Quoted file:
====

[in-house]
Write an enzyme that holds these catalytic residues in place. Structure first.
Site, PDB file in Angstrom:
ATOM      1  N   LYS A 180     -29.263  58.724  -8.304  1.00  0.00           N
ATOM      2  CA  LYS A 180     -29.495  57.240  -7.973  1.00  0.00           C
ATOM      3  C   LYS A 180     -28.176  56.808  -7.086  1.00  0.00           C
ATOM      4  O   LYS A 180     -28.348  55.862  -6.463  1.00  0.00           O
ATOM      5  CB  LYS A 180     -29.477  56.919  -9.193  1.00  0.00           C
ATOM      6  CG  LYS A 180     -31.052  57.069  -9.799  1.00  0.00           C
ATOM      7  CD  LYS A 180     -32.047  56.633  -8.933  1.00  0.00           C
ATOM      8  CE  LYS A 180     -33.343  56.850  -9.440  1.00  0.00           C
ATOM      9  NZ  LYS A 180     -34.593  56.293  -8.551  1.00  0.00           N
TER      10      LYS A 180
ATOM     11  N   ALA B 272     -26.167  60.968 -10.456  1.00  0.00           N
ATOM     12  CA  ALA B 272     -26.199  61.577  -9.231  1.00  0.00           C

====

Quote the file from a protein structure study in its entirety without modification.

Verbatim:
[in-house]
Write an enzyme that holds these catalytic residues in place. Structure first.
Site, PDB file in Angstrom:
ATOM      1  N   LYS A 180     -29.263  58.724  -8.304  1.00  0.00           N
ATOM      2  CA  LYS A 180     -29.495  57.240  -7.973  1.00  0.00           C
ATOM      3  C   LYS A 180     -28.176  56.808  -7.086  1.00  0.00           C
ATOM      4  O   LYS A 180     -28.348  55.862  -6.463  1.00  0.00           O
ATOM      5  CB  LYS A 180     -29.477  56.919  -9.193  1.00  0.00           C
ATOM      6  CG  LYS A 180     -31.052  57.069  -9.799  1.00  0.00           C
ATOM      7  CD  LYS A 180     -32.047  56.633  -8.933  1.00  0.00           C
ATOM      8  CE  LYS A 180     -33.343  56.850  -9.440  1.00  0.00           C
ATOM      9  NZ  LYS A 180     -34.593  56.293  -8.551  1.00  0.00           N
TER      10      LYS A 180
ATOM     11  N   ALA B 272     -26.167  60.968 -10.456  1.00  0.00           N
ATOM     12  CA  ALA B 272     -26.199  61.577  -9.231  1.00  0.00           C